You probably know you can seek compensation for injuries resulting from work-related accidents such as falls, car crashes, electrocution, and more.
But did you know you may also be eligible for workers’ compensation for injuries that aren’t due to a single event but develop over time? Cumulative Trauma Disorder (CTD) is an umbrella term for a wide range of neurological and musculoskeletal conditions resulting from repetitive motion or strain.
While it’s possible to seek compensation for CTD, establishing a link to your work can be challenging. Read on to learn how to prove a work-related cumulative trauma injury.
If you have developed a CTD at work, you should also consider talking to a New York workers’ compensation lawyer. A lawyer can review your case, explain your options, and help you establish a link between your cumulative trauma and your work.
Common Types of Cumulative Trauma Injuries
Over time, repetitive strain, stretching, pressure, or overuse of the muscles and tendons can cause cumulative trauma injuries. These conditions can be painful and hard to treat and may cause mobility issues.
CTDs are a major occupational hazard in the United States. According to the American Academy of Family Physicians (AAFP), at least 3% of adult Americans have some form of cumulative trauma. Common types of work-related CTDs include:
- Tendonitis: The tendons are tissues connecting the muscles and bones in our bodies. Tendonitis is an inflammation of the tendons, often in the hands, legs, or feet, resulting from overuse or repetitive strain.
- Carpal tunnel syndrome (CTS): Repeated pressure on one of the large nerves in the arm and wrist can cause CTS. CTS is the most common entrapment neuropathy, affecting 5.8% of adults.
- DeQuervain’s disease: This inflammatory disease of the tendons surrounding the thumb and forearm often causes pain in the lower arm and at the base of the thumb.
- Radial tunnel syndrome: This condition results from repetitive compression of the nerve controlling the muscles around the hand and wrist. Elbow pain is a common symptom.
- Raynaud’s disease: Raynaud’s is a nerve disorder causing reduced blood supply to the fingers, toes, ears, hands, or knees. Cold temperatures or stress can cause the affected areas to feel numb and cold.
- Trigger finger: This condition affects the thumb and forefinger, causing them to lock, snap, or become stuck when you bend them. Trigger finger is a common cause of hand pain, affecting 2.6% of the general population.
Repeated workplace strain can also cause psychological conditions that coexist with CTDs, such as anxiety, depression, and posttraumatic stress disorder (PTSD). You may be able to claim compensation for mental health disorders as well.
5 Tips for Proving Cumulative Trauma Injuries at Work
Because it’s impossible to trace the cause of CTD to a single event, proving a connection between your injury and your job can be challenging. Employers and insurance companies often try to dispute workers’ CTD claims.
Just because it’s challenging to establish causation between cumulative trauma and your work doesn’t mean it’s impossible. An experienced NYC workers’ comp lawyer from our team at Pyrros & Serres LLP can help you build a strong case. Here are some steps you can take to support your claim:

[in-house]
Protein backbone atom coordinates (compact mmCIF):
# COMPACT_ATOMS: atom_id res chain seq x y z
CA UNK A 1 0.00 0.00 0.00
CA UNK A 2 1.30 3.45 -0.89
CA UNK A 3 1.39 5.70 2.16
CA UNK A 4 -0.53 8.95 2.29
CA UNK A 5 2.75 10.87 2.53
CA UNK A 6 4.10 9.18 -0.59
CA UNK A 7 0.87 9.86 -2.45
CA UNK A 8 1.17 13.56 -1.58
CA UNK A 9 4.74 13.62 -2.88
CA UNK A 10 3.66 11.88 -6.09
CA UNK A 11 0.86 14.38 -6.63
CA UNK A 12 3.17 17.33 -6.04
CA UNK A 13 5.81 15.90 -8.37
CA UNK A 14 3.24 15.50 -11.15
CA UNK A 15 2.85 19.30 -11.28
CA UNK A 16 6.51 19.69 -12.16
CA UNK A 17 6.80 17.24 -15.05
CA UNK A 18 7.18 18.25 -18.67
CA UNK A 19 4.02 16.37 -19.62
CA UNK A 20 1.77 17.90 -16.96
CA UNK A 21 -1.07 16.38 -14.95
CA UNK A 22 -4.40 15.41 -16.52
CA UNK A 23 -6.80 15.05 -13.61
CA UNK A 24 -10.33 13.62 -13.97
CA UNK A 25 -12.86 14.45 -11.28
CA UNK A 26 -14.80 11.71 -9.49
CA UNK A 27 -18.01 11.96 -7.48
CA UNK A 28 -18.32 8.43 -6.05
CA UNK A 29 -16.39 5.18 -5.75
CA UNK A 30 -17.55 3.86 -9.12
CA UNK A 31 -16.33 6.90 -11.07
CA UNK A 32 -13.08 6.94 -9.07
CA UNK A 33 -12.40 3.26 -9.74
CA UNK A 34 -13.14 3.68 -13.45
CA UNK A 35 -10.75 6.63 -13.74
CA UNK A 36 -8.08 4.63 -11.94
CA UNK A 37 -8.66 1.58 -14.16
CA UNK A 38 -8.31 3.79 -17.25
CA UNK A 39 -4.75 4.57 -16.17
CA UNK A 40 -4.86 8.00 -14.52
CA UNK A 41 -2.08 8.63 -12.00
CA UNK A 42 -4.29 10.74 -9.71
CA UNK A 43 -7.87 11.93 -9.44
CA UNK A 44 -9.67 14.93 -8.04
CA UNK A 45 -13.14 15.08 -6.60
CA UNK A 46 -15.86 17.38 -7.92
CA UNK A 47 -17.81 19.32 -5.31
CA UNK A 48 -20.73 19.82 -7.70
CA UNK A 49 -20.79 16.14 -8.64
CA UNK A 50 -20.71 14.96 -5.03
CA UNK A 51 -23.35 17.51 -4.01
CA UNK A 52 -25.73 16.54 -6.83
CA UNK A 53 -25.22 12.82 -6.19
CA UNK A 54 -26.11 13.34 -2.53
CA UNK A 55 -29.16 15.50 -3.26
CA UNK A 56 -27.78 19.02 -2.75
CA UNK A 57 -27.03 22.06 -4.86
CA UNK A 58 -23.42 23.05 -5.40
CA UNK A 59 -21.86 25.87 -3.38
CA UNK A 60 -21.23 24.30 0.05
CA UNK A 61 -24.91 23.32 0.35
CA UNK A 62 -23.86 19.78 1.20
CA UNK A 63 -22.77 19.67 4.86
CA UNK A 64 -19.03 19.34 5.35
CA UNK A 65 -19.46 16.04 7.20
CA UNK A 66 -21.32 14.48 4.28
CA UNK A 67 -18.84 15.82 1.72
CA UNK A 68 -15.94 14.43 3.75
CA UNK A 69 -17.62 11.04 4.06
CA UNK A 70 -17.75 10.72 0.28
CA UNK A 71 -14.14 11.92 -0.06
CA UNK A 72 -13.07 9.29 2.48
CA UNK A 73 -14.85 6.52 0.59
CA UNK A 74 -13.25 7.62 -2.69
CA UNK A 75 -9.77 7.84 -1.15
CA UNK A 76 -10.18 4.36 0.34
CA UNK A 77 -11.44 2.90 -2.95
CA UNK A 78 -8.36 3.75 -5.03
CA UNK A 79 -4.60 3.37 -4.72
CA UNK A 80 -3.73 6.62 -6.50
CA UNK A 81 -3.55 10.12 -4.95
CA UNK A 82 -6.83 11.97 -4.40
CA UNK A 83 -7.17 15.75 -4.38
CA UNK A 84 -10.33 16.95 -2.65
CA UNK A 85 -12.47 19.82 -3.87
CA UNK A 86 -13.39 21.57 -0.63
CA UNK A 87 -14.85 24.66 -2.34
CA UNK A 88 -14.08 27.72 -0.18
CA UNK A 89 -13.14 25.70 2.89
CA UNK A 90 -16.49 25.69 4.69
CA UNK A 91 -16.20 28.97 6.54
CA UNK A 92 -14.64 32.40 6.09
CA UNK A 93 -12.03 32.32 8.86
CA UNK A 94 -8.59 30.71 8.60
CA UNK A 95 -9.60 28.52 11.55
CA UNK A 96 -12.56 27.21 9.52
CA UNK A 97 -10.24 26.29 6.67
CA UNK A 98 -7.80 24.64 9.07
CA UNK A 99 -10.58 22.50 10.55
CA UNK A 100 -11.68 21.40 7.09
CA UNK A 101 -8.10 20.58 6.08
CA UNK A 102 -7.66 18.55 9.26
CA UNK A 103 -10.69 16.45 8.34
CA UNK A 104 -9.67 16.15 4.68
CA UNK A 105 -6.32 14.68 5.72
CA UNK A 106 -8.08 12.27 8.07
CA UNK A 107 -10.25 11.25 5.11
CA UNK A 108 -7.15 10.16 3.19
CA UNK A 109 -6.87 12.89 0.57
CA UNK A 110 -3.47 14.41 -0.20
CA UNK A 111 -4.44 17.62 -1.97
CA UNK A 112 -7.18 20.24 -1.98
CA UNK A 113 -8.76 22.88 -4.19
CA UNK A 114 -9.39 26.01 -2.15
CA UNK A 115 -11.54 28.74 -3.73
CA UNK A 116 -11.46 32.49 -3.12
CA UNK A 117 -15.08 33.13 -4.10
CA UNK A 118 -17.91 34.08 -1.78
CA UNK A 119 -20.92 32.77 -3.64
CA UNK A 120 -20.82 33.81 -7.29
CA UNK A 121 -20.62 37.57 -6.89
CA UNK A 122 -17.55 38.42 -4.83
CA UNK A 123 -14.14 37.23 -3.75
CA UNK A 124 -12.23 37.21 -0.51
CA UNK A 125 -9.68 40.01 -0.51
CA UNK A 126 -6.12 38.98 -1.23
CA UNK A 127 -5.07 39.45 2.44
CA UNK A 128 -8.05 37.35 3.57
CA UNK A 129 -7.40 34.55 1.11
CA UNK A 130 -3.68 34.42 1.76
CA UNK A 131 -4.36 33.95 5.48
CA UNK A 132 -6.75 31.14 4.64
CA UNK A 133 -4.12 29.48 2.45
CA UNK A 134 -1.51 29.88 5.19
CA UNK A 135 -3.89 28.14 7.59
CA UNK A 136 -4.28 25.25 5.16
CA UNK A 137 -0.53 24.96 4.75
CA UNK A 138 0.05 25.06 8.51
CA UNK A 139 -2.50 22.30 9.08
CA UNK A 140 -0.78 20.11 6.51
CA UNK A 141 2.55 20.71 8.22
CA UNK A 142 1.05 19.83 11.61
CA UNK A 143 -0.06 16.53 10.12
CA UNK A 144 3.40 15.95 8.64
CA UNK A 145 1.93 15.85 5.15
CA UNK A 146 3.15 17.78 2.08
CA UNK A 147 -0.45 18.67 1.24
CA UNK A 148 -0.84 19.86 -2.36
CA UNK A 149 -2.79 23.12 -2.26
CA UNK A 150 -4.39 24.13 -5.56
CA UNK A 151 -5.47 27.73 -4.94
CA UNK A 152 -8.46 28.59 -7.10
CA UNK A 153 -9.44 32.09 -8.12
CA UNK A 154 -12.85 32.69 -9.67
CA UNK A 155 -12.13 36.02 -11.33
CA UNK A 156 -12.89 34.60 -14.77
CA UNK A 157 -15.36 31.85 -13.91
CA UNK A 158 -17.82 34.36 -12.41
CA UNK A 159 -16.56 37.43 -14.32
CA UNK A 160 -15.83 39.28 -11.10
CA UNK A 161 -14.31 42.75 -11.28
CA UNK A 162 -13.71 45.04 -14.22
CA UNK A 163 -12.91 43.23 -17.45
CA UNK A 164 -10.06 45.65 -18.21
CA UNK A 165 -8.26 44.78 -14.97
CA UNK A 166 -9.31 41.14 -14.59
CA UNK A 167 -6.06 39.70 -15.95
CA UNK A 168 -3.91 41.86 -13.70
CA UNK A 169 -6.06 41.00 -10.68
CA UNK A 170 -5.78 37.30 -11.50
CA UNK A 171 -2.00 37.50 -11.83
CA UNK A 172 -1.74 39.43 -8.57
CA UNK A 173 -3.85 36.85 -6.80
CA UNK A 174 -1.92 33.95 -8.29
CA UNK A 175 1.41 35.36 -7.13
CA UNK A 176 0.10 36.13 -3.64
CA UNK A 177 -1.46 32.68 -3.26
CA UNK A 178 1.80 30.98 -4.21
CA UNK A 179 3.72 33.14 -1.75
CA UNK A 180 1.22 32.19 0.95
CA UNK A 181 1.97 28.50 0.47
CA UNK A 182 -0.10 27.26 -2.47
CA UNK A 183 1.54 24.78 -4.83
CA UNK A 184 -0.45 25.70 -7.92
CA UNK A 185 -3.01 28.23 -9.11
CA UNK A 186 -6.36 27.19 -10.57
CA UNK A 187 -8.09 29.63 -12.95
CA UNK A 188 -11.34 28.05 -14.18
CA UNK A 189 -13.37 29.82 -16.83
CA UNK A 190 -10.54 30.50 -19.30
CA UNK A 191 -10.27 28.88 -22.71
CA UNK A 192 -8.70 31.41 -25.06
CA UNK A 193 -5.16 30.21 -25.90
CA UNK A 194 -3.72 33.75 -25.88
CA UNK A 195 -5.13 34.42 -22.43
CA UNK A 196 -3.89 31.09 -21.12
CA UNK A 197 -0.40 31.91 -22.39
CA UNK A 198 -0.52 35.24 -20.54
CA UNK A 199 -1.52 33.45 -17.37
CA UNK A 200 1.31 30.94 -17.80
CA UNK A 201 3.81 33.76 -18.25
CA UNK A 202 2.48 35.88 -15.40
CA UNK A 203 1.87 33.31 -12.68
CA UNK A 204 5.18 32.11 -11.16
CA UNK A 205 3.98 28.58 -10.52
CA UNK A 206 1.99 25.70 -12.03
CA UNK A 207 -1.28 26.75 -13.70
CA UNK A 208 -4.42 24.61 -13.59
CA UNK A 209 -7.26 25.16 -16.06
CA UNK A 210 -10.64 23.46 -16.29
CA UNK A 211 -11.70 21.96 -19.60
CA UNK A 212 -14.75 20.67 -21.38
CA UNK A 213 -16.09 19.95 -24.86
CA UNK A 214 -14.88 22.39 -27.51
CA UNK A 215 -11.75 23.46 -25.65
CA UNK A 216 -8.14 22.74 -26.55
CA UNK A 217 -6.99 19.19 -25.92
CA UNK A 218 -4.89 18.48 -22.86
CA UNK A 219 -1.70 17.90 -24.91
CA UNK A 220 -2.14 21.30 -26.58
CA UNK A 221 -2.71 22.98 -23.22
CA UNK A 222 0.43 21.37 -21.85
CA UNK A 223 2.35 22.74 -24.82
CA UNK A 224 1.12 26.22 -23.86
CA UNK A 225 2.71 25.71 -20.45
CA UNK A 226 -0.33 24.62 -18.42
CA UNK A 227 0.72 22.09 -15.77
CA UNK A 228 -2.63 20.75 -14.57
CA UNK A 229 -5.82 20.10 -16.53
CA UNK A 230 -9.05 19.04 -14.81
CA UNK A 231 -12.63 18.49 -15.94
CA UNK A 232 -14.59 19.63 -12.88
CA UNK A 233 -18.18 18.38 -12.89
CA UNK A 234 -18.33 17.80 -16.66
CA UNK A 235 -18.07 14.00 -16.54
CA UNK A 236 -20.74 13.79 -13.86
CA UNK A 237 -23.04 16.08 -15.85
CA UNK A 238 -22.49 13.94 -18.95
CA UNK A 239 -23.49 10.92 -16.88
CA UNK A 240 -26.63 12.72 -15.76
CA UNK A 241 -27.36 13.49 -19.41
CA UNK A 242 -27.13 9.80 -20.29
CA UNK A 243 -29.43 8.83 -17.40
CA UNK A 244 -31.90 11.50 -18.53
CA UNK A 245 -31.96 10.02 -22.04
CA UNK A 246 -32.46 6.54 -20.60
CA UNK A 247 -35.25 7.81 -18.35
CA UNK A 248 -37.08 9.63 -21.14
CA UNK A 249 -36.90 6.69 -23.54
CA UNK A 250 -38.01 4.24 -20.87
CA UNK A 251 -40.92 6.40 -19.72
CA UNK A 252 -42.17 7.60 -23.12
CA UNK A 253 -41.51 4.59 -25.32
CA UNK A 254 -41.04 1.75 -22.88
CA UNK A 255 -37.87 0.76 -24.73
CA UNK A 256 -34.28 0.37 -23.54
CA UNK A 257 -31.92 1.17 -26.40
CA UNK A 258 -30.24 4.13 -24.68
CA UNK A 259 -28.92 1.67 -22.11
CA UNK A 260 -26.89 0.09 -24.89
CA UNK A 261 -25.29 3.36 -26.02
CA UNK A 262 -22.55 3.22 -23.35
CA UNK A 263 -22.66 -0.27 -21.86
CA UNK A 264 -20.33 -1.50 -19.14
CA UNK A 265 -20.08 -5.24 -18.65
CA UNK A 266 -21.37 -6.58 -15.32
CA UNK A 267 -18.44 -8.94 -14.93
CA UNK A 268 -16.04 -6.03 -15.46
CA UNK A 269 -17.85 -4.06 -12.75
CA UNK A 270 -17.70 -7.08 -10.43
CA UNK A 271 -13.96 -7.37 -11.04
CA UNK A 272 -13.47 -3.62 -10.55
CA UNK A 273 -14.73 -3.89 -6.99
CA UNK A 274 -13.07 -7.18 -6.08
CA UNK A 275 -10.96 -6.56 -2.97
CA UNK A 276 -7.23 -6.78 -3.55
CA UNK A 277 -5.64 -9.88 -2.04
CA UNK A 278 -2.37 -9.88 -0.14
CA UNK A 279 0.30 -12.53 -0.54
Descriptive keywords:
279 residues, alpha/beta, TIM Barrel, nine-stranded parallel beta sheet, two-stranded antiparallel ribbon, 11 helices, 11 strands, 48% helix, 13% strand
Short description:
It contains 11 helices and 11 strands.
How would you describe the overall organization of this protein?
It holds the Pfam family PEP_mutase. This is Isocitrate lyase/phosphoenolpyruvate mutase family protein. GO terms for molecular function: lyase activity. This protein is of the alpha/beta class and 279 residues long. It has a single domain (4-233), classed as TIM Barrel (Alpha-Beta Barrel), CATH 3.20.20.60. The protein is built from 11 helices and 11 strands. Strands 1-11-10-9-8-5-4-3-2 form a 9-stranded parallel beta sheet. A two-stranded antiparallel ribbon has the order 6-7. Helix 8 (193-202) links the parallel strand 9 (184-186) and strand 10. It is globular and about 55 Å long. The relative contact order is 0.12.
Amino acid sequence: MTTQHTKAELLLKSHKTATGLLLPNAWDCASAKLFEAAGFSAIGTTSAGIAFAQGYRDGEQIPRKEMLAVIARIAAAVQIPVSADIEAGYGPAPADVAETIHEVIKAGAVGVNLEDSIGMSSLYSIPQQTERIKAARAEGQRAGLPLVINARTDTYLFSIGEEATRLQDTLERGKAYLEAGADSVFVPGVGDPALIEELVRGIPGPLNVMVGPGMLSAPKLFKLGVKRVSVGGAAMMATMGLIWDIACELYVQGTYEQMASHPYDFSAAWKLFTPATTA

1. Seek Treatment Within the Workers’ Comp System
Always seek medical treatment from providers within the workers’ compensation system. These doctors are familiar with common work-related injuries and can offer informed insight into how your cumulative trauma may have developed.
2. Keep Copies of Medical Documentation
Request and keep copies of all medical documents relating to your injuries. It’s also important to ensure that all parties to the process — including your employer, the insurance company, your doctors, and your lawyer — can access the documents if necessary. Ask your doctor for report in which your doctor describes how you developed a CTD due to your work related activities.
3. Gather Your Employment Records
Be sure to gather and keep copies of the following:
- Pay stubs
- Employment contracts
- Termination notices
- Performance reviews or evaluations
- Any documents that reference time off due to injury or illness
- Paperwork related to benefits such as health insurance or disability payments
These documents may not amount to much in isolation, but together they can create a timeline indicating when your condition started, how often it caused you to miss work, and how much you spent on medical treatments.
4. Hire a Workers’ Comp Attorney
Proving CTDs can be complicated without professional legal assistance. A workers’ compensation lawyer in New York can help you build a convincing case and negotiate with the insurance company.
Talk to an NYC Workers’ Comp Lawyer Today
Have more questions about workers’ comp? Learn when to hire a workers’ compensation lawyer.
Cumulative Trauma FAQ
What Best Describes a Cumulative Injury?
A cumulative injury is a work-related injury resulting from repeated strain, movement, overuse, or stretching of the muscles or tendons. It may be possible to claim workers’ compensation benefits for cumulative injuries if you can establish a link between your injury and your job.
How Do You Prove Work-Related Stress?
You can prove work-related stress with medical documentation, expert reports, employment records, and statements from your coworkers or other witnesses. A workers’ compensation lawyer can advise what evidence to collect and help you build your case.
What Is the Most Common Cumulative Trauma Disorder in the Workplace?
There is no conclusive research at this time, but some of the most common cumulative trauma disorders in the workplace include carpal tunnel syndrome, wrist tendonitis, lower back pain, and trigger finger. Carpal tunnel syndrome.